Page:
Below is a real example of an AWS key from weather.com making its way onto the front page, identified with the extension
AWS key on weather.com
You can still view this key today by visiting archive.org and going back to 2020. The chrome extension should alert you there’s a key there.
By default websites can’t just make request and read the response to other API’s without the foreign API inviting them to do so with a permissive CORS header.
Amazon AWS API’s as well as many other SaaS and Cloud provider API’s have extremely permissive CORS settings, as seen below with the Access-Control-Allow-Origin: * header
Permissive CORS on AWS
Cross Origin Requests to AWS
We’ve observed this pattern on the open internet, but it also seems more common in internal applications at companies. Unfortunately CORS issues can often cascade and lead to multiple points of failure compromising the integrity of the keys on internal apps.
Specifically common apps often have permissive CORS settings. This is a growing trend with API first application development. Because multiple frontend applications often consume the same backend API, many internal apps unfortunately get scopes with permissive CORS settings.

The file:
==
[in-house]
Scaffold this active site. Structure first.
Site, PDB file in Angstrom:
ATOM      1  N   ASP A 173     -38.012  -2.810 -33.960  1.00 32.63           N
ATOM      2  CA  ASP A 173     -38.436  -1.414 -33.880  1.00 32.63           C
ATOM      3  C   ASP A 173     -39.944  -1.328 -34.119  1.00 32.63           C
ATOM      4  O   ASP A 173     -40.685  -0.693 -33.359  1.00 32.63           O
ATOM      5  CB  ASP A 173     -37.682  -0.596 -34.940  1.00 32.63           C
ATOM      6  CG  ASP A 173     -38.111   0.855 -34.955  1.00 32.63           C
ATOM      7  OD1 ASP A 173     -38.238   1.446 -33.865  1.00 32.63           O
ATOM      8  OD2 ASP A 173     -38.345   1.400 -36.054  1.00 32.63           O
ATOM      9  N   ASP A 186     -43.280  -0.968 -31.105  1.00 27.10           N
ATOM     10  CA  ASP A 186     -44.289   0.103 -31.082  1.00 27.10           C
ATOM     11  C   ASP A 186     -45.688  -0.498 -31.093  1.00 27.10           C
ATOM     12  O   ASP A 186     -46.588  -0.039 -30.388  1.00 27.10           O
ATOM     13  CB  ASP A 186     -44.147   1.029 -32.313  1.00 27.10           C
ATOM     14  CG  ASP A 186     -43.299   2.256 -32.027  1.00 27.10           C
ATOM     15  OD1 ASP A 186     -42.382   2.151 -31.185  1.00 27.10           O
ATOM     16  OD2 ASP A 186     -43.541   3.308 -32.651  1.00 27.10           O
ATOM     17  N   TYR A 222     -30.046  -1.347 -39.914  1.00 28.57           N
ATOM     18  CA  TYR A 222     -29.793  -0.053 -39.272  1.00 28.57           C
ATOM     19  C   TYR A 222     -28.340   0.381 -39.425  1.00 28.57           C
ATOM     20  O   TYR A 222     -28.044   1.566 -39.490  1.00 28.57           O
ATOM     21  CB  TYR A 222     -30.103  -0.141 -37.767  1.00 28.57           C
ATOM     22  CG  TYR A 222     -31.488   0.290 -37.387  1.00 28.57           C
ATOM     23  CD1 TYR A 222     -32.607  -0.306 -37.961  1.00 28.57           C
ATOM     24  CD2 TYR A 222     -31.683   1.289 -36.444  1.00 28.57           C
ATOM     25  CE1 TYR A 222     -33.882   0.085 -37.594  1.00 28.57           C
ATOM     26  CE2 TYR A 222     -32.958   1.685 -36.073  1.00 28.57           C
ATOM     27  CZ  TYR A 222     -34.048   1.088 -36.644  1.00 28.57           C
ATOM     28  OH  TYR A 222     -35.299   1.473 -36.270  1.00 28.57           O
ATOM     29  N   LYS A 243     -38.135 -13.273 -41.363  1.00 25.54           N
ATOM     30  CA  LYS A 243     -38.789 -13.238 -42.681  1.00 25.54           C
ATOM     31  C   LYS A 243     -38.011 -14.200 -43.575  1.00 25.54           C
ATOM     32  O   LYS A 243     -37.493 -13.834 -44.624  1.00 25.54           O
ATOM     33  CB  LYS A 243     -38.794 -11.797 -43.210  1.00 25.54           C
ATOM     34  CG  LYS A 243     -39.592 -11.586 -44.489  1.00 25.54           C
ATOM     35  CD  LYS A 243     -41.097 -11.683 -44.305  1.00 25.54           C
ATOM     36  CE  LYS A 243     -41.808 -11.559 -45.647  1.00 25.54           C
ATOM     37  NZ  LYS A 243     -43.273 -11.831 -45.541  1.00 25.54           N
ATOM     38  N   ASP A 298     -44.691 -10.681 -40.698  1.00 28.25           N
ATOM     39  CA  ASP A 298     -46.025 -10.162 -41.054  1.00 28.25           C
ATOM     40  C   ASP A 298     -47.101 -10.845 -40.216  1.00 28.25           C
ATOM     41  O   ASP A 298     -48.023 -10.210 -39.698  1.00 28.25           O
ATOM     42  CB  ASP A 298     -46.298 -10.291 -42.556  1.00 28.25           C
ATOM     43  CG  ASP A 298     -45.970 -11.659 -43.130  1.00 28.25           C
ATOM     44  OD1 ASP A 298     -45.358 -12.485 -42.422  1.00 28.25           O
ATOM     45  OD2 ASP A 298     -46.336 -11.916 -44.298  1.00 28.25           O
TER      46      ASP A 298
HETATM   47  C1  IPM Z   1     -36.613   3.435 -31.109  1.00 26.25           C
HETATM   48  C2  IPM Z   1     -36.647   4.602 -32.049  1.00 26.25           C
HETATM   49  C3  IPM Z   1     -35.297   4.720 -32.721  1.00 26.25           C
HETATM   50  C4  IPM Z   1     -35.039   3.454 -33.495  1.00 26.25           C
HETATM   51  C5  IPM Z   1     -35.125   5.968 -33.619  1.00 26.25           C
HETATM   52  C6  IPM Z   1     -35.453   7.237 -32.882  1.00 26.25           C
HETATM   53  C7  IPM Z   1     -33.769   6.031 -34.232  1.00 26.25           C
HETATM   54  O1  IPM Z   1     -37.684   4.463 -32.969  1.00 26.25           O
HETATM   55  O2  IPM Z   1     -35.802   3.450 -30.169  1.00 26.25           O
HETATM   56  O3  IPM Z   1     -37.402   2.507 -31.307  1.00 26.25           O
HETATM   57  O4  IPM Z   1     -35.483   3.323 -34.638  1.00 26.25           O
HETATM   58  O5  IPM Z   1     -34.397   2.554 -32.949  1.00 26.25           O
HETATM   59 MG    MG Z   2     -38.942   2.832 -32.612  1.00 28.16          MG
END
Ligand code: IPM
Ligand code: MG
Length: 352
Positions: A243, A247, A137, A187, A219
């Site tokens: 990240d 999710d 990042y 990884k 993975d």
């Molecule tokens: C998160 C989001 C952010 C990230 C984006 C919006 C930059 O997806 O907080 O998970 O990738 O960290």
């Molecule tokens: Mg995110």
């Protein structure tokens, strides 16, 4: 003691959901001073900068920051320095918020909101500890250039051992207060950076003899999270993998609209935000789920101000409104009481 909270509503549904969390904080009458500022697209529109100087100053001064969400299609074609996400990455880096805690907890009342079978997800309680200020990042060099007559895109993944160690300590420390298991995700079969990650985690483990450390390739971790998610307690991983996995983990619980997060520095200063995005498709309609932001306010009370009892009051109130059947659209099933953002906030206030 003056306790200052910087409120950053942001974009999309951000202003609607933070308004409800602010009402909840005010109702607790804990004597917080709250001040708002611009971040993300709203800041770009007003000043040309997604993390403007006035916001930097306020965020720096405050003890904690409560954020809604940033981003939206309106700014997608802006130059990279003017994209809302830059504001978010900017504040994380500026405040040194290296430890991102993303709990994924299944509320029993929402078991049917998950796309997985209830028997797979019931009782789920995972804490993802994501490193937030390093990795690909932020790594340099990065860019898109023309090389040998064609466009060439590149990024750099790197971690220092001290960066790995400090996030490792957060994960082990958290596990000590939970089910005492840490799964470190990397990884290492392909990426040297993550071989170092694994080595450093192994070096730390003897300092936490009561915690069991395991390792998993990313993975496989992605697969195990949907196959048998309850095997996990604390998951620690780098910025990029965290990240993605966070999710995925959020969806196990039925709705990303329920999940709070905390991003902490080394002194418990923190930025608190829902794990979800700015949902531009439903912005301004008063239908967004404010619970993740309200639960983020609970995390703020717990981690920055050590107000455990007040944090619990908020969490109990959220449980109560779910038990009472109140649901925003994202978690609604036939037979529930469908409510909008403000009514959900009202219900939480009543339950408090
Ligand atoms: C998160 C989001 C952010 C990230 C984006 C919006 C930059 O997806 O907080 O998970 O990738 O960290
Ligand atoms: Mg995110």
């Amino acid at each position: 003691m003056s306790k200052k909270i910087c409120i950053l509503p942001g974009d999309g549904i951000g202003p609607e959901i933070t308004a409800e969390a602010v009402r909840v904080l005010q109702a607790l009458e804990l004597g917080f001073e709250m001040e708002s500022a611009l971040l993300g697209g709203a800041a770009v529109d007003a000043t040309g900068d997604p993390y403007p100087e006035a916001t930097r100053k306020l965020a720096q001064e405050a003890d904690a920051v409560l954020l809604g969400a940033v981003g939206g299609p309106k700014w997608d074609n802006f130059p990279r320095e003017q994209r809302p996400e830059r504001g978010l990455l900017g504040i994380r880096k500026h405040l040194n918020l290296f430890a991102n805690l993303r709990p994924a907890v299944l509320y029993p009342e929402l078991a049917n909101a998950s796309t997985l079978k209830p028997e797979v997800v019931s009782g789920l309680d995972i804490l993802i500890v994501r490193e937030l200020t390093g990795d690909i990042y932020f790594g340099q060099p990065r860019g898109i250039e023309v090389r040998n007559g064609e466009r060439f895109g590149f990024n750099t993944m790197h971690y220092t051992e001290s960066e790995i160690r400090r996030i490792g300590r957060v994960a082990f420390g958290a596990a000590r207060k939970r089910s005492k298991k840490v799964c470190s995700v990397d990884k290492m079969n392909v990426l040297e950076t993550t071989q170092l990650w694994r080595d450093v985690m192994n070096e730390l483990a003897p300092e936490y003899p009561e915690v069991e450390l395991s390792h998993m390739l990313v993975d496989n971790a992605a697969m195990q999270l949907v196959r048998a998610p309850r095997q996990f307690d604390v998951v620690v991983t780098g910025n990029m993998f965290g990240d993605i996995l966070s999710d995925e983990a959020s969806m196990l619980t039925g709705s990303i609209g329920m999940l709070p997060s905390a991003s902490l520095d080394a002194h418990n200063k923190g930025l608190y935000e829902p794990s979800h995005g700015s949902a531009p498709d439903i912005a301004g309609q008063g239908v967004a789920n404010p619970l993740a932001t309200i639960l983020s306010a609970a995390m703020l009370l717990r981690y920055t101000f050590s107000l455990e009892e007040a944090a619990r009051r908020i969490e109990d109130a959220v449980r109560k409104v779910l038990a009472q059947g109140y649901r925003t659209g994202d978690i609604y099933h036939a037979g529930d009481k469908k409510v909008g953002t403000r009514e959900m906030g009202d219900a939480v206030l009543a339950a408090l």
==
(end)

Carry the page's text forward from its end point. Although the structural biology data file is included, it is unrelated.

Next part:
If we combine the above two concepts, we end up with a foreign origin from the open internet with the ability to make requests to internal apps and API’s, view the responses, and steal API keys hardcoded client side in the internal applications:
The chrome extension has a few other nice features as well, such as the ability to detect .git directories and .env files, both of which can also contain credentials in them.
Here’s again a link to the repo https://github.com/trufflesecurity/Trufflehog-Chrome-Extension
The extension is currently pending security review on the google extension store, but in the mean time it can be side loaded.